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Will my son also suffer from rheumatic pain?

Q: I am a 25 year old woman. When I was 12 years old, I experienced great pain in my leg especially in the knee joints. On consultation, the doctor said that it was a growing pain. But at the age of 17, another doctor said that it was rheumatic pain and my blood was tested for ASO Titre and the result was positive (400 units). Doctor prescribed me Kaypen-250 and asked me to continue it for 5 years with occasional blood tests. Even now I experience palpitation occasionaly. I got married at the age of 22, my delivery was also normal. Is there any chance of my son getting it? He is one and a half years old. Will I get it again? At night I often experience pain in my leg which subsides by morning. Should I get a blood test done again? Why am I getting palpitations?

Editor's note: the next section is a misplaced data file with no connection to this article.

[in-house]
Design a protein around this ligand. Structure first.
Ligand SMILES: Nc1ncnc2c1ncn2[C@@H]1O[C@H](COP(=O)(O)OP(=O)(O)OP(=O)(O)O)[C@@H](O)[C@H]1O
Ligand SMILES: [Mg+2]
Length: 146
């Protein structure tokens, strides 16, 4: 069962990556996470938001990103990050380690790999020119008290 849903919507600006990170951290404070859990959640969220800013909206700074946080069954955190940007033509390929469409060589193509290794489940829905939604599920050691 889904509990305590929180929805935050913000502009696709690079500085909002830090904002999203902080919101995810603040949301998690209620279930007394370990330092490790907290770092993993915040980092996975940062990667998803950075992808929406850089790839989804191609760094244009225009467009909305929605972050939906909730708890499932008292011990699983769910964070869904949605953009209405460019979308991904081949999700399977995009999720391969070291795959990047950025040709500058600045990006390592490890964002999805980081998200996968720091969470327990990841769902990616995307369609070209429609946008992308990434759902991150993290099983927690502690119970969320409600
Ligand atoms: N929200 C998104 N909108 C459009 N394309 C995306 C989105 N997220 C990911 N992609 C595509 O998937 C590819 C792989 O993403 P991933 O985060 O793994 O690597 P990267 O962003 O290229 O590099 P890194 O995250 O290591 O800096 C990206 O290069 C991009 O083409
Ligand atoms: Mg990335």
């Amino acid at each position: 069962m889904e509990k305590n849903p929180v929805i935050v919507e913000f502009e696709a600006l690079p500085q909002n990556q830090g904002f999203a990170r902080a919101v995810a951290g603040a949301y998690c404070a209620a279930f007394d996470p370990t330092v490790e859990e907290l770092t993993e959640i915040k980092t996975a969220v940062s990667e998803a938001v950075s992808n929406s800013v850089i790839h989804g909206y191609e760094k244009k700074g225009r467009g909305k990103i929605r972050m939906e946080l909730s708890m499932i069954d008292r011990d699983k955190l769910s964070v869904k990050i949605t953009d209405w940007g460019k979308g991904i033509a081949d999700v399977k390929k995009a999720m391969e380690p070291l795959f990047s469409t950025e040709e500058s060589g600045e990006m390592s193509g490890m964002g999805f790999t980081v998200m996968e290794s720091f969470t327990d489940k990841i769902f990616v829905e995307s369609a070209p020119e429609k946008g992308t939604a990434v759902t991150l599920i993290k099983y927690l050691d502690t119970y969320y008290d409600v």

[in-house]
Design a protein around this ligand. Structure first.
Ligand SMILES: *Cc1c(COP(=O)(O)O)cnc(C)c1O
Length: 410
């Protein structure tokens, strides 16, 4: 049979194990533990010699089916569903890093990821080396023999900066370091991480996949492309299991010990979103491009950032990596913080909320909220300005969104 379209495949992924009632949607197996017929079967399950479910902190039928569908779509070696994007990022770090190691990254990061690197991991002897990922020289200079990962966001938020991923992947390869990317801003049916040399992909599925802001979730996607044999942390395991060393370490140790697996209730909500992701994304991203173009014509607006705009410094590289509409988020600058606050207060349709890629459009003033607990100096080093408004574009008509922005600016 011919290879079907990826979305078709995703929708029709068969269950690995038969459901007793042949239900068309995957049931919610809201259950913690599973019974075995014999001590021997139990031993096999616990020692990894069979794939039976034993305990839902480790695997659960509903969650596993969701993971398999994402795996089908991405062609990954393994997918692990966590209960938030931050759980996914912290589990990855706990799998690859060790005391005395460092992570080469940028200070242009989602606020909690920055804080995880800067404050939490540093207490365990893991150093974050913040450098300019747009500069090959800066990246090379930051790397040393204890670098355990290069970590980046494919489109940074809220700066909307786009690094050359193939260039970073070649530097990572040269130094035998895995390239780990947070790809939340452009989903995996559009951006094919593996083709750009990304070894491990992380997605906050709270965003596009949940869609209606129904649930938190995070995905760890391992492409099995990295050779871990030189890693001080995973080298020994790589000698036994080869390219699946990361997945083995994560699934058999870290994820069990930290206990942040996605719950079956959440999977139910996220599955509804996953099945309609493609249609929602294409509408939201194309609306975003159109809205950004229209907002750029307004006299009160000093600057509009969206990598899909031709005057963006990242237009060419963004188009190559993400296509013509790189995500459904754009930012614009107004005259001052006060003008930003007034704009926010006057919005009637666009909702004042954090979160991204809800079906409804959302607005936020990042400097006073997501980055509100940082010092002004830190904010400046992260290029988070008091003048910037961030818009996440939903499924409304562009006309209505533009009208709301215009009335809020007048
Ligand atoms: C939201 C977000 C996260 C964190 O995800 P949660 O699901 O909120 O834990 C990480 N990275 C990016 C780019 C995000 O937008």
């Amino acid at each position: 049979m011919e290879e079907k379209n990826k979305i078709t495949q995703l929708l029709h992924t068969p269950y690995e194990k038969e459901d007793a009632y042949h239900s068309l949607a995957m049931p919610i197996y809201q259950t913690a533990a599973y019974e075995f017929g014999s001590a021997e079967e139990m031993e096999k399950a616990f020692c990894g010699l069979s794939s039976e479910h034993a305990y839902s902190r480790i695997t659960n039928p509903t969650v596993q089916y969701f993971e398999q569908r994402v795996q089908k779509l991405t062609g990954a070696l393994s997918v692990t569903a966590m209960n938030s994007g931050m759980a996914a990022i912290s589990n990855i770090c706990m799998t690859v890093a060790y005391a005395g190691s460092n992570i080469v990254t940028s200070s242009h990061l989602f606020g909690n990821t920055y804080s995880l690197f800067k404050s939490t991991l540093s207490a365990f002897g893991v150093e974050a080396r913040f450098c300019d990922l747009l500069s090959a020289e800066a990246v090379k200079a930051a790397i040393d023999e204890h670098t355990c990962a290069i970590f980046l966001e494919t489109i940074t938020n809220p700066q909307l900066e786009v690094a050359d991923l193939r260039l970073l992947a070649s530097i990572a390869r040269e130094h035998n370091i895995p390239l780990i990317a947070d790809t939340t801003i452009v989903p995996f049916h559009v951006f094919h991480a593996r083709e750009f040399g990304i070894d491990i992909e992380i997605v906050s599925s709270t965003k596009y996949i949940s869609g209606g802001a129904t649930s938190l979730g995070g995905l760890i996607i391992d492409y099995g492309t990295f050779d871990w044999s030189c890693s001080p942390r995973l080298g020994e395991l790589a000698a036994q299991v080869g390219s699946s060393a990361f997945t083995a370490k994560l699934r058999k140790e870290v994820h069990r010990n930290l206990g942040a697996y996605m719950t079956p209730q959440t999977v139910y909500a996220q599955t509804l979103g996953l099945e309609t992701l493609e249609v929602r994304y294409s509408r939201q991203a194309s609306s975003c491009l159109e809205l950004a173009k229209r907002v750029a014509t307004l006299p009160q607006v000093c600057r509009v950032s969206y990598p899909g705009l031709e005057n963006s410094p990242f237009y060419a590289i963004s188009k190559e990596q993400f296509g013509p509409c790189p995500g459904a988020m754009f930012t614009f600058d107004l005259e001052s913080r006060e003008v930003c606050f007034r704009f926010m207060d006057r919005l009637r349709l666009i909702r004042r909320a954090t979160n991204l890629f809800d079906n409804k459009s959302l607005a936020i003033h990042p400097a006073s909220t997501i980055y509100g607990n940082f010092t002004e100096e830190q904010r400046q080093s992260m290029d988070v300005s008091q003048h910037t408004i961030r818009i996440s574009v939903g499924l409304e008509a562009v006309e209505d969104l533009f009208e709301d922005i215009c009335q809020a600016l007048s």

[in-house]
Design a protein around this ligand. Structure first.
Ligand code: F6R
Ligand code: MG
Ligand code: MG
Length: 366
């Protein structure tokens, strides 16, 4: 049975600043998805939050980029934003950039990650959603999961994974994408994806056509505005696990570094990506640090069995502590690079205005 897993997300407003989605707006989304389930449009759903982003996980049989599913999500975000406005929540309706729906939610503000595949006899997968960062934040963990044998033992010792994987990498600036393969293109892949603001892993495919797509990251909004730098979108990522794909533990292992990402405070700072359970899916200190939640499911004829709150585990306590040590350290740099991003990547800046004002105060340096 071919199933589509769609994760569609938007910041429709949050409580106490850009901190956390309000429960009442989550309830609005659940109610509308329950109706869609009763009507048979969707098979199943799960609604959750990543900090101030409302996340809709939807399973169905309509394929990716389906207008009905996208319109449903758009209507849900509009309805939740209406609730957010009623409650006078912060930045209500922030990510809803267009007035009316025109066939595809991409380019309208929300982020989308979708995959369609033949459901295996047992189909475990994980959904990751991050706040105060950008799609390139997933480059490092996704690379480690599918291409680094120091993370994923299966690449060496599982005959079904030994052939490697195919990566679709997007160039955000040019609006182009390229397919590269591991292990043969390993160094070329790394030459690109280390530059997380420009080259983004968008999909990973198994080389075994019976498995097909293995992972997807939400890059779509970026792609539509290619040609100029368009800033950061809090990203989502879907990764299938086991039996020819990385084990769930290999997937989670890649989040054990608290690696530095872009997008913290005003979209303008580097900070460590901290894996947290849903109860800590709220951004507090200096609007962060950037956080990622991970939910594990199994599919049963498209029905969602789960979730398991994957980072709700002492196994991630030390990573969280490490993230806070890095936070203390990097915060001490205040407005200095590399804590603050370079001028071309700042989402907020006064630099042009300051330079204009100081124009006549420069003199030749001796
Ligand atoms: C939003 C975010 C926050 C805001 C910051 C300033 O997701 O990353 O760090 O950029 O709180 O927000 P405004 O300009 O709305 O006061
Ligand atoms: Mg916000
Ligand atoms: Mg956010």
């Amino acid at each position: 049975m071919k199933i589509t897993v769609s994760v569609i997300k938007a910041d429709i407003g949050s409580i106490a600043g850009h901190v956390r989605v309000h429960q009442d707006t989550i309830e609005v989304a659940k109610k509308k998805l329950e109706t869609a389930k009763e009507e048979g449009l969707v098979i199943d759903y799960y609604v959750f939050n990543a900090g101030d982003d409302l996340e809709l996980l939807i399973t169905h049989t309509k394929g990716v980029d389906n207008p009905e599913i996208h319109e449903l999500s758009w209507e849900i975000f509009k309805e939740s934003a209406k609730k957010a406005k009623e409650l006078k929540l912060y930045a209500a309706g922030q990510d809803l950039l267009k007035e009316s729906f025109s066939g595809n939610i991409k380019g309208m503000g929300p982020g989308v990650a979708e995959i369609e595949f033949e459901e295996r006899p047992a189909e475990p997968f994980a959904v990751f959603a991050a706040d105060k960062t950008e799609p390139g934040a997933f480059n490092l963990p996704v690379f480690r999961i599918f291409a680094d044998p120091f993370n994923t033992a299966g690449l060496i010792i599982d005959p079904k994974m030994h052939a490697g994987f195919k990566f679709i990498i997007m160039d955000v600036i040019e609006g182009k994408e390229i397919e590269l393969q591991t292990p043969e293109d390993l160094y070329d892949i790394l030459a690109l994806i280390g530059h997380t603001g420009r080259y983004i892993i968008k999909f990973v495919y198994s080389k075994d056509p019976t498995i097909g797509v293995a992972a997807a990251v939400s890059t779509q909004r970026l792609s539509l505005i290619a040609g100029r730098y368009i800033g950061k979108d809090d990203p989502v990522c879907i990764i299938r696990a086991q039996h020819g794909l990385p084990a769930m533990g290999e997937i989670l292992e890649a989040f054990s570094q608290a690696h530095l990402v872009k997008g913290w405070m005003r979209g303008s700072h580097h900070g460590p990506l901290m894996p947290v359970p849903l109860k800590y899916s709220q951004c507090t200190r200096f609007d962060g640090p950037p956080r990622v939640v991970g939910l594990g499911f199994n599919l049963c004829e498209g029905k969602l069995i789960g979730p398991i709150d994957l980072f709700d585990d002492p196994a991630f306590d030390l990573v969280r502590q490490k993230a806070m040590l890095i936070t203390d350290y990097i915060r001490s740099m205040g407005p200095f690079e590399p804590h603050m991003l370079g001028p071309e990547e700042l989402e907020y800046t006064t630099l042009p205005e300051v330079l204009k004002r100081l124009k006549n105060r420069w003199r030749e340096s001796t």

A:It is very difficult to know what exactly was your problem when you were 12 years old. The same is true of the symptoms at 17 years of age. In India there is a tendency for the doctors to over-diagnose rheumatic fever in children and juveniles, the basis of which is usually not very clear. Any way, the diagnosis of rheumatic fever should never be made in the presence of persistent arthritis. I am not sure of the exact nature of your symptoms at the age of 17 years; whether you had a persistent arthritis (persistent swelling and pain in the joints) or not etc. It is important to note that rheumatic fever does NOT start for the first time at the age of 17 years and ASO titre is NOT diagnostic of rheumatic fever as it can be high due to so many other reasons. In summary, it is almost impossible to know what exactly you had earlier. Therefore, it is even more difficult to say whether your son would also have the same problem or not. If it was rheumatic fever (which it is unlikely) your son is not likely to have the same problem. If you had juvenile idiopathic arthritis (the common form of joint disease of childhood) then also there is no chance of your son getting the same. Regarding palpitations, you may like to consult a general physician or a cardiologist.

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